Readers, I spent hours today working on my 1939 McCall's dress but I'm still not finished. This day dress -- which is lovely but hardly exceptional for its era-- has proven to be a major time suck, and I haven't put in the side zipper, hemmed it, made the belt, or finished the cuffs yet.
I wonder: were clothing patterns more complicated back then or does it just depend on the pattern? I mean, McCall's 3338 seems pretty straightforward: no lining, no boning, no drapery. But that gathered plastron, dickie-like thingy is challenging, especially because in addition to all the even shirring around it, it has to fit perfectly at the neck and lap, shirt-like, right side over left.
I think I did a pretty good job, especially as it's cut on the bias and the plaid actually lines up. It's interfaced with the same stiff cotton I muslined the dress with last week.
After I made the buttonholes I remembered I had some vintage covered-button-making kits, so I decided to try making covered buttons. They weren't very hard to make and I think they look elegant.
The kit I used is by Prym (which I believe is British) and you basically just cut a circle of fabric, stretch it over the front, and pull the edges over the sharp little teeth on the back (wetting the fabric helps a bit). Then you snap the back piece on and you're done!
The pattern also calls for a matching fabric belt but I wasn't sure about the buckle. I tried a vintage black plastic buckle first but it looked too pilgrim (according to Michael). I also had a covered-buckle kit, so I figured, why not? The result wasn't bad at all (same principle as the covered button) but ultimately the whole thing looked too matchy-matchy, what with the covered buttons and all.
I tried a red vintage buckle (which also allows the belt to be slightly wider) and liked it better, but I'm still on the fence and may just wait until I have a better idea of shoes, hats, etc. I could also go with a solid belt, I suppose. It's a lot of plaid, right?
But back to the topic at hand: Do you think sewing patterns were more complicated during the heyday of home sewing, the Thirties, Forties, and Fifties? If yes, does this reflect a) a higher skill level on the part of home sewers back then, or b) fashions that required more tailoring and fabrics that were less forgiving (i.e., no spandex)?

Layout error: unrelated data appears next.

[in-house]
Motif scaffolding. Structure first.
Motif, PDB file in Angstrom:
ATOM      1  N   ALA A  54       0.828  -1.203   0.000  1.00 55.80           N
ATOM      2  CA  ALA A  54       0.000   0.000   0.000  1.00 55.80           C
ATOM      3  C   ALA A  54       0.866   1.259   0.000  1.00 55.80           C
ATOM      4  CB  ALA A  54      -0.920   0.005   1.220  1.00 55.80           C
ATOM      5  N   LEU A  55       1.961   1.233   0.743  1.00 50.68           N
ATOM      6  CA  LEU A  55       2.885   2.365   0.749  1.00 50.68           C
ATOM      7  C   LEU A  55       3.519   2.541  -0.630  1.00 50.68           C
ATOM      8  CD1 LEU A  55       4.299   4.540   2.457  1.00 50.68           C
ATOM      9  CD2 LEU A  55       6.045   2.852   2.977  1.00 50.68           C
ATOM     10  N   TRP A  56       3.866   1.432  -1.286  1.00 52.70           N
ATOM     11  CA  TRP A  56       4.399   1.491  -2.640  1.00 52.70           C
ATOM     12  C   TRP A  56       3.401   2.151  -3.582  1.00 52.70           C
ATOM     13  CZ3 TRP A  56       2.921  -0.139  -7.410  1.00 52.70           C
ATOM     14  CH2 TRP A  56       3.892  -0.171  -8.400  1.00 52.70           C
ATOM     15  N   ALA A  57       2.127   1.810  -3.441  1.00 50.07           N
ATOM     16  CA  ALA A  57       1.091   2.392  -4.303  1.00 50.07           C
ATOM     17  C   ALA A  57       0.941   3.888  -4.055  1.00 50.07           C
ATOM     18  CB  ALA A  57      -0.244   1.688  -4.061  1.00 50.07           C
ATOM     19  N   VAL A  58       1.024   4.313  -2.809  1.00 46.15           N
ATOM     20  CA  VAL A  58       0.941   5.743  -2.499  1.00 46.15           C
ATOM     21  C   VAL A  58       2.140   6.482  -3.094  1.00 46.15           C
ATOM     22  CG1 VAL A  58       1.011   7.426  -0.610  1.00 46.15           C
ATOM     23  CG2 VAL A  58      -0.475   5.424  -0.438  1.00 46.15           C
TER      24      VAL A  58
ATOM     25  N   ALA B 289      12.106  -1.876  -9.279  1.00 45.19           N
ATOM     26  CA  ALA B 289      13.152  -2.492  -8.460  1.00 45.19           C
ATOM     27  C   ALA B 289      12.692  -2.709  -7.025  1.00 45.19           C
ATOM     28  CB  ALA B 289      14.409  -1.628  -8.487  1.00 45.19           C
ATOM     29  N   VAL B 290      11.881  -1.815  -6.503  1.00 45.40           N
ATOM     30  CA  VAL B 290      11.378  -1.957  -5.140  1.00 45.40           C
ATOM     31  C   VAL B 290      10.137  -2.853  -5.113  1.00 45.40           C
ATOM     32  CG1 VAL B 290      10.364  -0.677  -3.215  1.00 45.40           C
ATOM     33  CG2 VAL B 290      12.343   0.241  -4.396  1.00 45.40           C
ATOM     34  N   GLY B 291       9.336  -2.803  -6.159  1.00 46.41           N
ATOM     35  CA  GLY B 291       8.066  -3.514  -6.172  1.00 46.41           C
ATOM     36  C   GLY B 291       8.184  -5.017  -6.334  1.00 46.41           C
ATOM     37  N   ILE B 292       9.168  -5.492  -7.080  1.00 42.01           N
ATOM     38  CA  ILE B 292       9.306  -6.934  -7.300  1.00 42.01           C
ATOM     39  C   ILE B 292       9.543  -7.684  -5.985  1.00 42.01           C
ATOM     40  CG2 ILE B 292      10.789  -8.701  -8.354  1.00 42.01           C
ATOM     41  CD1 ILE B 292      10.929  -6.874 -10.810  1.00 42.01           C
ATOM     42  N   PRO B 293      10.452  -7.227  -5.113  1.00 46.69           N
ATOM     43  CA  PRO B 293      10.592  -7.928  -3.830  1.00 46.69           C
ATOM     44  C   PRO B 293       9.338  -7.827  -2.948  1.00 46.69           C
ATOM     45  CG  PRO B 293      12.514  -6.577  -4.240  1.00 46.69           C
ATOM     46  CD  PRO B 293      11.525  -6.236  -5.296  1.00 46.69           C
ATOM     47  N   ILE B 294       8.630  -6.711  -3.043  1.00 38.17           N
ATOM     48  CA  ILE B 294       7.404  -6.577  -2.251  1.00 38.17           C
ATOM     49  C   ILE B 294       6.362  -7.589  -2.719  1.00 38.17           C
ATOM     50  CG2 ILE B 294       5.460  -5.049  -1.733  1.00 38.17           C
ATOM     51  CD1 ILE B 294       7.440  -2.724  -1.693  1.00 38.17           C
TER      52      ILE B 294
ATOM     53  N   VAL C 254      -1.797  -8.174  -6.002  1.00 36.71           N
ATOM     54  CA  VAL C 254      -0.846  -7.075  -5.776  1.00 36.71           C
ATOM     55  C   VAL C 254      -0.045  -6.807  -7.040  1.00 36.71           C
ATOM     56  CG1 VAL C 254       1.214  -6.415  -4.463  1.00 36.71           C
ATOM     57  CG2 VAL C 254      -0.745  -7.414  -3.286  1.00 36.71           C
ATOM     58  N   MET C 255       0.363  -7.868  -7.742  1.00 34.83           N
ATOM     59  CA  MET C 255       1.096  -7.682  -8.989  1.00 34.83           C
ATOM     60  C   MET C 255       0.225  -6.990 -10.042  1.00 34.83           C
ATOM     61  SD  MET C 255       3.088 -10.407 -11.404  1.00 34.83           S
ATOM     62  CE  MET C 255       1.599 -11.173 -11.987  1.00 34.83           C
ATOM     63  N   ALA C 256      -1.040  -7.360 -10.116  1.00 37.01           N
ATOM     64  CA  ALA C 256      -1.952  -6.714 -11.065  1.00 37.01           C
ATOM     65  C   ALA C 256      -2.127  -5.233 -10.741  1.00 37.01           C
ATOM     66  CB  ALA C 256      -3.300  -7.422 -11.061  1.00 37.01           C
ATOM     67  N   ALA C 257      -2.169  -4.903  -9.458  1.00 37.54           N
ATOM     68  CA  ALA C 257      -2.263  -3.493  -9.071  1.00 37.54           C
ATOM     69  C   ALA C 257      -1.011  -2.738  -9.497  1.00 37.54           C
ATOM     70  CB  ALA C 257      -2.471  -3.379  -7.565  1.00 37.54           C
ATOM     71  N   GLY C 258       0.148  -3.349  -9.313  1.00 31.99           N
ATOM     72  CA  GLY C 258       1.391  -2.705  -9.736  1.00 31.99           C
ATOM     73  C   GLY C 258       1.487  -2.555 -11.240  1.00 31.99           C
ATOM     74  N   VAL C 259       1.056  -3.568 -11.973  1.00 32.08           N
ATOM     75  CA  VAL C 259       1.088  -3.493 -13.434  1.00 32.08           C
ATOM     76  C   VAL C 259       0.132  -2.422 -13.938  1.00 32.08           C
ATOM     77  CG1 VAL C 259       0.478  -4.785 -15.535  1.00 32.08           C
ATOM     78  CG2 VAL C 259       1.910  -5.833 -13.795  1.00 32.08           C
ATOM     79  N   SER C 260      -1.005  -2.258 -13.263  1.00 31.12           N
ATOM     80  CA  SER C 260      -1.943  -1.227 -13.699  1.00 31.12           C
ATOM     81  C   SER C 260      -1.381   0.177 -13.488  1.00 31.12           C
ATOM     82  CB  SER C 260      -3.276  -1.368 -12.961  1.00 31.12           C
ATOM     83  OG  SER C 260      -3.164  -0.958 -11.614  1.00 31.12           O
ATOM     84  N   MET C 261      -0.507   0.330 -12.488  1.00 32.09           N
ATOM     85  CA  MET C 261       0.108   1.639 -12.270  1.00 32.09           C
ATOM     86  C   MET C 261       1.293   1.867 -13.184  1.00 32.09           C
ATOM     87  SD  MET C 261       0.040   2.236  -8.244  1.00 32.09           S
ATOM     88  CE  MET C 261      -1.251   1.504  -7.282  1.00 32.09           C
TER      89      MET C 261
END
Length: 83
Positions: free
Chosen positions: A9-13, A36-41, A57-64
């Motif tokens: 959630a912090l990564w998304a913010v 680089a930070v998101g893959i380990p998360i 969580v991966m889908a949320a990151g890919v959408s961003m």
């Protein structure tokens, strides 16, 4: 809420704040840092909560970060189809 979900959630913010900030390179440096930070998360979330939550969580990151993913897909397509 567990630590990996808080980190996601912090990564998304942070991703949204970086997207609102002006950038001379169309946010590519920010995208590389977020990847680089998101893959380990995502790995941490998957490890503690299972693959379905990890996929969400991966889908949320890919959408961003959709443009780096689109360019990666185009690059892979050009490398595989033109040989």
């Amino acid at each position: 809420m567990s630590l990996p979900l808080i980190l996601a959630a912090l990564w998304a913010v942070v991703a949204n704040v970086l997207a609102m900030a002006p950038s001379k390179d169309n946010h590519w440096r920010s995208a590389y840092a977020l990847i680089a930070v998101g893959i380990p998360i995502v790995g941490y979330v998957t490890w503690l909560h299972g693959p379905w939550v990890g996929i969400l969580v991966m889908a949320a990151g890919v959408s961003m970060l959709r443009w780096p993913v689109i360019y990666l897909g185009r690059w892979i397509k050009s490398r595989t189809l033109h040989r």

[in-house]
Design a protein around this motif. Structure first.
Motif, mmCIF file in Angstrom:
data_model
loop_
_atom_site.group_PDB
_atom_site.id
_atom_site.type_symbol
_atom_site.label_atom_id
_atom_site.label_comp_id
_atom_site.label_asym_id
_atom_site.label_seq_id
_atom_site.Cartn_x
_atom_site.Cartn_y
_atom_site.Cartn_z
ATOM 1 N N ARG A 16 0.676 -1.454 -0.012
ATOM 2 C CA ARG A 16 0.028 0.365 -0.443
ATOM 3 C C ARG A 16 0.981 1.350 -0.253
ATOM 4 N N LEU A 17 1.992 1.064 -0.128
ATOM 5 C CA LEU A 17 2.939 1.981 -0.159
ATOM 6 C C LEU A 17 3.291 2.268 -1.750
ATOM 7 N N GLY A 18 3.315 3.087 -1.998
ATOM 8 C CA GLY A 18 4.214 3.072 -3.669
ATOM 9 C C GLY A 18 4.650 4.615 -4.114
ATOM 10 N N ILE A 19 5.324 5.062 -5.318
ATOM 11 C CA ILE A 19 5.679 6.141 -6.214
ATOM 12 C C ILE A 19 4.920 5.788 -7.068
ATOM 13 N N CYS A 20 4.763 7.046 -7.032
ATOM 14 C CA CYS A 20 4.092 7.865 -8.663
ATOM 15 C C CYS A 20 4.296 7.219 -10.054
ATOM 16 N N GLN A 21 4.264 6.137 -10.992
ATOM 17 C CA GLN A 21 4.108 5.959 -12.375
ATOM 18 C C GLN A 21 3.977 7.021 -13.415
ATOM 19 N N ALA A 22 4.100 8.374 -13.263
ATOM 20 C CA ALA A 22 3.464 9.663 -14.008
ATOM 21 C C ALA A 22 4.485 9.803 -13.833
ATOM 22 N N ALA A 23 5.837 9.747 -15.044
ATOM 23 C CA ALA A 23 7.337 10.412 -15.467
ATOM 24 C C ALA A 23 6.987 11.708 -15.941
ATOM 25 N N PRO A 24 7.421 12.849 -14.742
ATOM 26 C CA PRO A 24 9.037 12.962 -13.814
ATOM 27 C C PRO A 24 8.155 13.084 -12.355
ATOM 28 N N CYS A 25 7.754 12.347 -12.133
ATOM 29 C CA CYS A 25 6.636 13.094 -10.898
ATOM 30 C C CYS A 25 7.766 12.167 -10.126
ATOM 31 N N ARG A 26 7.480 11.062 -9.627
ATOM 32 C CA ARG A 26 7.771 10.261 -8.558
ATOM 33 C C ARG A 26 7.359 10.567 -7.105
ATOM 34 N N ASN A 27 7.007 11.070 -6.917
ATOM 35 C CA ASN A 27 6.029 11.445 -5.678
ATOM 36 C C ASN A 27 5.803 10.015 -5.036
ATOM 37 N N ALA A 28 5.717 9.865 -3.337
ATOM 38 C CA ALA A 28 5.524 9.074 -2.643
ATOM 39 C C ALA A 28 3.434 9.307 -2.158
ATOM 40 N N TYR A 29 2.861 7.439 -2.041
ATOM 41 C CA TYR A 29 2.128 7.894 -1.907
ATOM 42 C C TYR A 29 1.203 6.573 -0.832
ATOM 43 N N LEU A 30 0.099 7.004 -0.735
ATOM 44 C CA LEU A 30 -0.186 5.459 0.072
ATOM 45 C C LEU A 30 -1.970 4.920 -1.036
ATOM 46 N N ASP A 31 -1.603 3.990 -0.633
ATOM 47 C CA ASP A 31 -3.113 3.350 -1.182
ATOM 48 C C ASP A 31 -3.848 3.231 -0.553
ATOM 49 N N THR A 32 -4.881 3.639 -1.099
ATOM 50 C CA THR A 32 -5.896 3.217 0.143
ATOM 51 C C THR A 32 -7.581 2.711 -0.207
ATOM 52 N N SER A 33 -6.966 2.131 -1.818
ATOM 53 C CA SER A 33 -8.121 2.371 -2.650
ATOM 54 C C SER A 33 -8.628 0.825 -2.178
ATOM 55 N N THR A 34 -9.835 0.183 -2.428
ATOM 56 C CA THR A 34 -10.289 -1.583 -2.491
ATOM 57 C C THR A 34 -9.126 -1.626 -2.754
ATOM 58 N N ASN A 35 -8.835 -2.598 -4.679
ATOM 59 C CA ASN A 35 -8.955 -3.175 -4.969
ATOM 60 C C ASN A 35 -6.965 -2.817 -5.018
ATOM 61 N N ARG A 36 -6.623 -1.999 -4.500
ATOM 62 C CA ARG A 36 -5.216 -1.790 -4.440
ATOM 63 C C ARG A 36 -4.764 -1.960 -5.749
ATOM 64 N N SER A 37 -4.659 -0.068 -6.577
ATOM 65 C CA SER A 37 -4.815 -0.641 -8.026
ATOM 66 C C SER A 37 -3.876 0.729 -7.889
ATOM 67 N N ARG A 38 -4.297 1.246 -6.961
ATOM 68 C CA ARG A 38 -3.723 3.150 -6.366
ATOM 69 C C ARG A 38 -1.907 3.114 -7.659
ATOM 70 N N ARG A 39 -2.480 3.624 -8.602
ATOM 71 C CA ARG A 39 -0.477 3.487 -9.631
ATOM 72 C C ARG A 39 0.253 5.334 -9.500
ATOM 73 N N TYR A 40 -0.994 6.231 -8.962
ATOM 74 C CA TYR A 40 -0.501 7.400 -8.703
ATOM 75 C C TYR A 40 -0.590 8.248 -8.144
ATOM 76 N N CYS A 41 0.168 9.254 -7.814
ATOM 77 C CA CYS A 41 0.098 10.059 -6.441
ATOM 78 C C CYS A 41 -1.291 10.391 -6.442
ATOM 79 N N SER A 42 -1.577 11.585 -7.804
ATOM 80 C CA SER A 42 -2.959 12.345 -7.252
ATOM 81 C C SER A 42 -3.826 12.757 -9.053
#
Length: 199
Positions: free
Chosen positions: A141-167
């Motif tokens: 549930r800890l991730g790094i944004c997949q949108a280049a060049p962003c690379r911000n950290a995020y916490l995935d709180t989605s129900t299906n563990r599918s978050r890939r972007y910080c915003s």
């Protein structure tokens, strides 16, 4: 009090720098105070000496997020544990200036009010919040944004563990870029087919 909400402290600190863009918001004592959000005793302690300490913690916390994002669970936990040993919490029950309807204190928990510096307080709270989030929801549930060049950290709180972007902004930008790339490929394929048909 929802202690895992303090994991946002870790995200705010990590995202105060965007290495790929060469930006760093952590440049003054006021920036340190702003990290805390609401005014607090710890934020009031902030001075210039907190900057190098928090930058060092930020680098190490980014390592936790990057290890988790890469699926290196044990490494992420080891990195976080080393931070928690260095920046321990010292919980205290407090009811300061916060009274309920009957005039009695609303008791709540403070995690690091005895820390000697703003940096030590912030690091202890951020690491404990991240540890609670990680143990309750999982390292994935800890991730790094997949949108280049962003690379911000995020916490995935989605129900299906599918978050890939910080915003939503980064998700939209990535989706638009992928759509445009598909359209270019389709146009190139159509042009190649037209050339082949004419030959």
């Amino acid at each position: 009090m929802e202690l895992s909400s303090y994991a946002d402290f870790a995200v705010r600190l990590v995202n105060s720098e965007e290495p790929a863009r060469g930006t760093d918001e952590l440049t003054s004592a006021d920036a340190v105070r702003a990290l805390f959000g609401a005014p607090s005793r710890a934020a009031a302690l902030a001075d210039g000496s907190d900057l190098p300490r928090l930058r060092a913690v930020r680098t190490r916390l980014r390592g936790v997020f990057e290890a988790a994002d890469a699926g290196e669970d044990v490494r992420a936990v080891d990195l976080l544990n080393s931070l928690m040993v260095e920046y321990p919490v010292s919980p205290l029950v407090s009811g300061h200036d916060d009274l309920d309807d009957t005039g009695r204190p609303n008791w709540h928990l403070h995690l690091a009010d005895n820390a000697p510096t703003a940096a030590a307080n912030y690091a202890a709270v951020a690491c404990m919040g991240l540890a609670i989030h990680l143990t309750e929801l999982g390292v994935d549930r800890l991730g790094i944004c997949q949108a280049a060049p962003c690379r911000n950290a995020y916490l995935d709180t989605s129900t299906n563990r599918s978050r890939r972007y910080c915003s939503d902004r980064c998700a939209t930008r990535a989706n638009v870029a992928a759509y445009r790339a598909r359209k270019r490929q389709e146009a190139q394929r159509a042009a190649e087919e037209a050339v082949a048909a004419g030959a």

While there are certainly exceptions, I think most home sewing patterns I see today have fewer frills, reflecting a more minimalistic, less ornamental aesthetic. A few random examples pulled from Vogue:
|Vogue 1336, Sandra Betzina pattern|
|Vogue 1336, Sandra Betzina pattern|
Still, just like yesteryear, seams have to be finished, hems sewn, linings inserted (much more common today than seventy years ago, when dress linings were rare), etc. I've only sewn a handful of contemporary patterns myself -- Burdas most recently which, thanks to instructions that bordered on the incomprehensible, were hardly a walk in the park. Of course, one's skill level comes into play too: the more experience you have the less likely you are to be thrown by a particular technique or detail.
Still, I wonder if a generalization can be made about the skill level required by most of today's patterns.
If you sew (or have sewn) both vintage and modern patterns, do you find older patterns to be consistently more complex, less complex, or about the same?
Given that there are so many shortcuts available to home sewers today -- everything from fusible web to invisible zippers to home sergers -- is sewing just less effort than it was in an earlier era, regardless of how the pattern is drafted?
What do you think?